Traditional soil health methods weren’t right fit for northeast Colorado farmer

Soil Health

When someone asks Haxtun, Colorado, farmer Roy Pfaltzgraff how he’s transformed his family’s farm from raising two or three crops a year to 14, they might not like his answer. Especially since he’s in an area that on average only receives about 19 inches of rain a year.

Roy Pfaltzgraff
Roy Pfaltzgraff

“(When) focusing on soil health, I actually made some very specific choices that were very intentional,” he said. “One is I don’t have livestock. The second one is I don’t do cover crops.”

Pfaltzgraff was a featured speaker at Soil Health U and during his segment said when people start talking about soil health, livestock and cover crops come up. Those practices just don’t work for him.

“Don’t try to copy me because it will not work. Because my land is unique, just like your land is unique,” he said. “It has crop history, and that affects how it responds to soil health. It has a different climate. You have different soils. There are so many different variables.”

Pfaltzgraff took over the farm from his dad in 2017, before that he spent a number of years working as an accountant and kept the books for about 60 other operations.

“And if you want to talk about an insight of how other people think and seeing how the results were, it was a huge benefit,” he said.

When Pfaltzgraff came back to the farm, there was about 2,000 acres and his dad hadn’t purchased any new equipment in about 10 years. He thought that in order to grow the operation, some things would have to change. They’ve upgraded combines, air seeders and semis, they’ve added grain storage and tore out some old corrals and updated electrical systems. Their tax professional, however, was shocked about the expenditures.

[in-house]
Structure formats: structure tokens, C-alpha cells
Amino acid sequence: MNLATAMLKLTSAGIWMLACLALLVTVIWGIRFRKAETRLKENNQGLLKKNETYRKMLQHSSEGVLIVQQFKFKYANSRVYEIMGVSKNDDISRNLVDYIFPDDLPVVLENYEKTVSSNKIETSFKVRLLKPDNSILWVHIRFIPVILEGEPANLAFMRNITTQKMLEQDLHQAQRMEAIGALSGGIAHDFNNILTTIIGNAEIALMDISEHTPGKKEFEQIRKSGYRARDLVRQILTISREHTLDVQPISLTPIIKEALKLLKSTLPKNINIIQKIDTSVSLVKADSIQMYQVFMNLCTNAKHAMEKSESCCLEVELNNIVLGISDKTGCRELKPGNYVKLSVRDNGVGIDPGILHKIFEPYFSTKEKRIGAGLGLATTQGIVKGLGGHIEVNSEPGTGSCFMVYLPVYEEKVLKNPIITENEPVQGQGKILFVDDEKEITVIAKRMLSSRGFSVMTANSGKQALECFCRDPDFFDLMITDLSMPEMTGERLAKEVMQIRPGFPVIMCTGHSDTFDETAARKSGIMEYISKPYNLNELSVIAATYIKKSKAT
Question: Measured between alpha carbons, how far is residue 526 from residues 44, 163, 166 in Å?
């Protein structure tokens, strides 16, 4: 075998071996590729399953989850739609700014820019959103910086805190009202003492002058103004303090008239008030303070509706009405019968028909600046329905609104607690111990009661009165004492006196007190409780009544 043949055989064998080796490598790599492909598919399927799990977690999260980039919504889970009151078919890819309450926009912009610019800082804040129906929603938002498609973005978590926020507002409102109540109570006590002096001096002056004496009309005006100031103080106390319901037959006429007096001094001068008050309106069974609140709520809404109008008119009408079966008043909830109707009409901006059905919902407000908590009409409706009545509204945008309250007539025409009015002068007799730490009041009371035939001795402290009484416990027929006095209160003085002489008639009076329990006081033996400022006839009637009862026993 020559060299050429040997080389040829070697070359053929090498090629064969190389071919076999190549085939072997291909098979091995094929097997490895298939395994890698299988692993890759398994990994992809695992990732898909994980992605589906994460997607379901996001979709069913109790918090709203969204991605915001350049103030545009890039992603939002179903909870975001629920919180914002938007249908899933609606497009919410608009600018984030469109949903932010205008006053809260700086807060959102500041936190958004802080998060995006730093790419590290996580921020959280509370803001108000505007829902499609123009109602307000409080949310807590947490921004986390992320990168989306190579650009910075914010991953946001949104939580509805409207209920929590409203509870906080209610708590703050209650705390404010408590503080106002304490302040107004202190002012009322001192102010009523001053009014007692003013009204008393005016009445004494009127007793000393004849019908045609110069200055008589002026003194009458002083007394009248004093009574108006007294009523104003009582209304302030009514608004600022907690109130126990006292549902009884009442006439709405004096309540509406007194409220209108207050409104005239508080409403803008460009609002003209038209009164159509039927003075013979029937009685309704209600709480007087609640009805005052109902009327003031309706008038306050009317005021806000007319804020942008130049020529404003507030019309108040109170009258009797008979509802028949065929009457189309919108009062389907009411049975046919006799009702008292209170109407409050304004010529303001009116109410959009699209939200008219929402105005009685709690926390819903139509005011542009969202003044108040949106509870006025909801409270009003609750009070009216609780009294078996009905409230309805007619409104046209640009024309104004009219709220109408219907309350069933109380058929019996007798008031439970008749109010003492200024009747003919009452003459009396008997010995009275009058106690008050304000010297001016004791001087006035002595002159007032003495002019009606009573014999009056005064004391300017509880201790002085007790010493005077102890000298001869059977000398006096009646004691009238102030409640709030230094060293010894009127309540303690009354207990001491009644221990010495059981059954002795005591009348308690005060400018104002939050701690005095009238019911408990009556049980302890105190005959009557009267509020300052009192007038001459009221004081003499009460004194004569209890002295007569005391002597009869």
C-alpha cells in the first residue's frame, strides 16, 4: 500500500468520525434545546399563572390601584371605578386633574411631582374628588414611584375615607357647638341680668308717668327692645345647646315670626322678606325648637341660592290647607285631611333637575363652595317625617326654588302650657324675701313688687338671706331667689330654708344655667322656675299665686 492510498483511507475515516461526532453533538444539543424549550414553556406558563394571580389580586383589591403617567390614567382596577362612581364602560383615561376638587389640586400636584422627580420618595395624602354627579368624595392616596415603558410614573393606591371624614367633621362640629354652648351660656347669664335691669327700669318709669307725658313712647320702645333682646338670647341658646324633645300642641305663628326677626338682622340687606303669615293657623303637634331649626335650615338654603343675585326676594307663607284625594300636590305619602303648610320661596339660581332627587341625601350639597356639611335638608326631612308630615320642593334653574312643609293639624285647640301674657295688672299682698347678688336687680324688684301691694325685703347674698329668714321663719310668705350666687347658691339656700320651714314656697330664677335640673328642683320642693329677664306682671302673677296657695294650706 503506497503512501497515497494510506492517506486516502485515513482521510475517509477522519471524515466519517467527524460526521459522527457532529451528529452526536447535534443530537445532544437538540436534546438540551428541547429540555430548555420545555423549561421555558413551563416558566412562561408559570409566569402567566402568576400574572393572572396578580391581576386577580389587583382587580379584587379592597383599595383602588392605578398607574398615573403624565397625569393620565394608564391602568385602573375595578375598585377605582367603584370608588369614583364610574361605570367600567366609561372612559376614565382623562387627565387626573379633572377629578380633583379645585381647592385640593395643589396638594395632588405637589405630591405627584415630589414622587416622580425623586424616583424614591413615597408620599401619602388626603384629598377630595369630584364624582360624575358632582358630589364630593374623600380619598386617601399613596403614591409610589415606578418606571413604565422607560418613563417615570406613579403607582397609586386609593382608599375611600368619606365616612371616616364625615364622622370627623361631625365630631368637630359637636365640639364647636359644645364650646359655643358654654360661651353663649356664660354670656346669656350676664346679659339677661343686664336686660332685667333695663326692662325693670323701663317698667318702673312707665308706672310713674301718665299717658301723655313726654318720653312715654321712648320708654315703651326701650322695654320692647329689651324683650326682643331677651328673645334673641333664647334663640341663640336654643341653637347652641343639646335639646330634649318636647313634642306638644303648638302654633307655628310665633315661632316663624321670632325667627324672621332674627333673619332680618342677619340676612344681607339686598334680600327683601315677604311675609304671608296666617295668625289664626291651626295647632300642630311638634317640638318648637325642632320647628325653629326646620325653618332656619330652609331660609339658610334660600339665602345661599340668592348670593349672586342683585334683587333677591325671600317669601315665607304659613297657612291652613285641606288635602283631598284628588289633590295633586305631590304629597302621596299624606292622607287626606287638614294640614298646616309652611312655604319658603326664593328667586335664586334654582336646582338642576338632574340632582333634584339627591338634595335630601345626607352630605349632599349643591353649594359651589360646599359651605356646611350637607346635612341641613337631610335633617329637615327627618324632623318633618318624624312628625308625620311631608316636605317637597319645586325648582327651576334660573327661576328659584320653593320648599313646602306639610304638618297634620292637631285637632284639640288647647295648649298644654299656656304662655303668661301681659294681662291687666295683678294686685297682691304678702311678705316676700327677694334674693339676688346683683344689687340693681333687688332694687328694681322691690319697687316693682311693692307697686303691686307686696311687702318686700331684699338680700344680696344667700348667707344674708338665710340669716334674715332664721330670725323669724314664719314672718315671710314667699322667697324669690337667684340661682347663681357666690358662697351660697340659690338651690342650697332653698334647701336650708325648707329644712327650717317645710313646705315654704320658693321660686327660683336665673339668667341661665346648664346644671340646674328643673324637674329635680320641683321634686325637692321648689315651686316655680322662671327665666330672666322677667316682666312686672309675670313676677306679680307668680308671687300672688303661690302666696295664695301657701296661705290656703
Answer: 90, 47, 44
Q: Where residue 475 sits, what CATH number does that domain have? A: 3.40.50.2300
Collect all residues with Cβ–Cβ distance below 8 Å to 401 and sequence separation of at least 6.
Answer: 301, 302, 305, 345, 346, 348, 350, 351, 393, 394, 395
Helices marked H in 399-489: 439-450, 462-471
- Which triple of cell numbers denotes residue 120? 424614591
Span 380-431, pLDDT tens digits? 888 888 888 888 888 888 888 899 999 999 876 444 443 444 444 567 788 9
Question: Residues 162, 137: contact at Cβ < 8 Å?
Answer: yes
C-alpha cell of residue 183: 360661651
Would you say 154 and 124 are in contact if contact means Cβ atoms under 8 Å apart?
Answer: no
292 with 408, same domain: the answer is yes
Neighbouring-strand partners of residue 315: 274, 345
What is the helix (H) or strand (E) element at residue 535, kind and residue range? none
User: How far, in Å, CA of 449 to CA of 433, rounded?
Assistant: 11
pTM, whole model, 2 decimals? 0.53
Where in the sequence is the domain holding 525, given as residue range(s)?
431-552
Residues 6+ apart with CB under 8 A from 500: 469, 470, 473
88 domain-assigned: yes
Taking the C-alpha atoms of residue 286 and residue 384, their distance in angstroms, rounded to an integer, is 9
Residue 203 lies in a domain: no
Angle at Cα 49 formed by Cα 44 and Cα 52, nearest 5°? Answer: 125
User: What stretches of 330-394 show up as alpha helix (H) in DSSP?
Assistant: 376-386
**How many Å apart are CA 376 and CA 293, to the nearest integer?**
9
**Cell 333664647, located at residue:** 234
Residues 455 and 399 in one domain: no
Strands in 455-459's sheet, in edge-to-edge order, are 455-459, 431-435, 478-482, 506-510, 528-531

“He’s like you guys recapitalized the farm in a single year?” Pfaltzgraff said. “Because you don’t see that in their culture. You don’t always see it as a business. And it’s like, well, isn’t a farm a business?”

Soil health requirements — limited disturbance, no-till, soil cover, residue, living roof, something growing and diversity — are all concepts people should know by heart. Depending on what list you look at livestock integration is optional, he said.

“The most important one is context. What you’re doing has to fit your climate, your soils, your operation, and this is the one that most of the people skip because they only can think about how they do it,” he said. “People need to be able to adapt this to their own ground.”

Pfaltzgraff said the first question to ask yourself is are you rotating? In his opinion, corn and soybeans are opposites, like a light switch. He calls it an oscillation. A wheat, corn, millet rotation isn’t good either, as you’re raising grasses.

“Then the next thing we got to look at is what’s your living root timeframe, because that’s the most important thing is feeding our soil,” he said.

He’s able to look back at data from soil test results until 1984 on their farm. When they started no-tilling in 1999, he expected their organic matter levels to be higher than they were. Instead, they’d go up two years and then drop down a year, and back up another two.

“Because we weren’t feeding that soil,” he said. “The microbes in that soil, which didn’t exist then because we didn’t know that they were out there, were consuming that organic matter to survive until the next year.”